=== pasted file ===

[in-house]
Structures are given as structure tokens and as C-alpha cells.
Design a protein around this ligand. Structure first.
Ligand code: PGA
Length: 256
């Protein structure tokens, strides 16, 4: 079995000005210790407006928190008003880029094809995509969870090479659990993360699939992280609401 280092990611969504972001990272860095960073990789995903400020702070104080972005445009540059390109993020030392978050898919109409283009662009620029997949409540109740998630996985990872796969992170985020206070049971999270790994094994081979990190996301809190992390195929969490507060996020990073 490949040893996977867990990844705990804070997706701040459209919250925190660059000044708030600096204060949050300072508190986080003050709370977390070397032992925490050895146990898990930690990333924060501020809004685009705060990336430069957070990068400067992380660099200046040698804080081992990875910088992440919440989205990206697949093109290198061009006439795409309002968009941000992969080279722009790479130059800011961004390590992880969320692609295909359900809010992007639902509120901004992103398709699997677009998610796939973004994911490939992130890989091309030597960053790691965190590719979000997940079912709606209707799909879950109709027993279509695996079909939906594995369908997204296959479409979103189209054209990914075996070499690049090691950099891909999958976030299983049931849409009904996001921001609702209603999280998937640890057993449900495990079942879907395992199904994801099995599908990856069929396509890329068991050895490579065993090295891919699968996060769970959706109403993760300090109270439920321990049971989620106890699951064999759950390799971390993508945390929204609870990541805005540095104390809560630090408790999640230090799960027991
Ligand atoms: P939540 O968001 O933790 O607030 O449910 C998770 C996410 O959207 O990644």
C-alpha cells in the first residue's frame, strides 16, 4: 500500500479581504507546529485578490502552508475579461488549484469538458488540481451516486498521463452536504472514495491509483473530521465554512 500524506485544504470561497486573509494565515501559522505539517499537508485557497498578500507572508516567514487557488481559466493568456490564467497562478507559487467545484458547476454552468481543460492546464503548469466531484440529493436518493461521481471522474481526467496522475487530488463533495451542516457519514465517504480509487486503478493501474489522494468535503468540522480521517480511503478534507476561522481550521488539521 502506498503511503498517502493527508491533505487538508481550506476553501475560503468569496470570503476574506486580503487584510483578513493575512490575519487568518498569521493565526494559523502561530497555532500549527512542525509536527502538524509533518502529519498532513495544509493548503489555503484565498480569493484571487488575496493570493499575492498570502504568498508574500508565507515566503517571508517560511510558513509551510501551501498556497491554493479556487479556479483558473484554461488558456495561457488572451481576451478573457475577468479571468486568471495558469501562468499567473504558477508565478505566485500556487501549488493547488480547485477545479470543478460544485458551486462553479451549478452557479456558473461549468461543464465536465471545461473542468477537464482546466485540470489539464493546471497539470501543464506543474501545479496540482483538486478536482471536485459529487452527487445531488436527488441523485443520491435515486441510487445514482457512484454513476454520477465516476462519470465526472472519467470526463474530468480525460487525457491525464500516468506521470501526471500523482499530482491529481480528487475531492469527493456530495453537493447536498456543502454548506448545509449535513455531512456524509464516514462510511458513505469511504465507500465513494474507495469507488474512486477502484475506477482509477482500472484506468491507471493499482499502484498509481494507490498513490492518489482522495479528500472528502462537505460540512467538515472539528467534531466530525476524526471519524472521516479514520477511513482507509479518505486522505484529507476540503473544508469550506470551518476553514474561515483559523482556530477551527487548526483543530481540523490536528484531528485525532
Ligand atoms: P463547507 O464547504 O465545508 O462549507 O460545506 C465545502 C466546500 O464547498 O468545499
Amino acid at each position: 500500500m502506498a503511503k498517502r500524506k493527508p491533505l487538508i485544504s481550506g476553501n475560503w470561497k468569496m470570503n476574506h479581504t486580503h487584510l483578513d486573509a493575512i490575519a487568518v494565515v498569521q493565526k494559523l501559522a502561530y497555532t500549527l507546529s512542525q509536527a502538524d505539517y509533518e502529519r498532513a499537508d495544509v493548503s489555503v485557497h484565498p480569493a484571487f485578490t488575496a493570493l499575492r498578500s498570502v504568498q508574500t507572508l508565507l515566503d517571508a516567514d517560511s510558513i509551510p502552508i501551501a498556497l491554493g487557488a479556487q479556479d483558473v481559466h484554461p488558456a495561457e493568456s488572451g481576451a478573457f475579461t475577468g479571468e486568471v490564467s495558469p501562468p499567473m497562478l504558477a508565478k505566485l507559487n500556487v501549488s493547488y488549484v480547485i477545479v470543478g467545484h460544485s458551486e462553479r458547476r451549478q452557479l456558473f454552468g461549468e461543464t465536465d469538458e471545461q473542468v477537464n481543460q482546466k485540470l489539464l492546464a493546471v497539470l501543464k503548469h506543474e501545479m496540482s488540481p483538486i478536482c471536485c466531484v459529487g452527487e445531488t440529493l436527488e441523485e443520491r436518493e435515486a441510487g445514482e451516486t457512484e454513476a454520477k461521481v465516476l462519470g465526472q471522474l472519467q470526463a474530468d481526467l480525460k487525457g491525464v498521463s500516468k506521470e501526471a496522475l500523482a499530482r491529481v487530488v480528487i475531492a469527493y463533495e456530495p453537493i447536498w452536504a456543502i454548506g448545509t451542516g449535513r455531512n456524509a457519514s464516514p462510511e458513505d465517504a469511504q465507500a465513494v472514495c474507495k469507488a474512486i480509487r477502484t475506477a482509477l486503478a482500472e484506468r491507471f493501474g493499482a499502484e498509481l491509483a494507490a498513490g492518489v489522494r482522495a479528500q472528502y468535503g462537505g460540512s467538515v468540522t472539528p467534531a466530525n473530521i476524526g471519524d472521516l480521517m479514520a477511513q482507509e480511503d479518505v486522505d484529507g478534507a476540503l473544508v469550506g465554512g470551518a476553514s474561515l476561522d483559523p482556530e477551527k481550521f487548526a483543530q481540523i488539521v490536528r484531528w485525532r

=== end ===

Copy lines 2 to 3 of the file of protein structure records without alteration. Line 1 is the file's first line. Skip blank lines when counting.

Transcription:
Structures are given as structure tokens and as C-alpha cells.
Design a protein around this ligand. Structure first.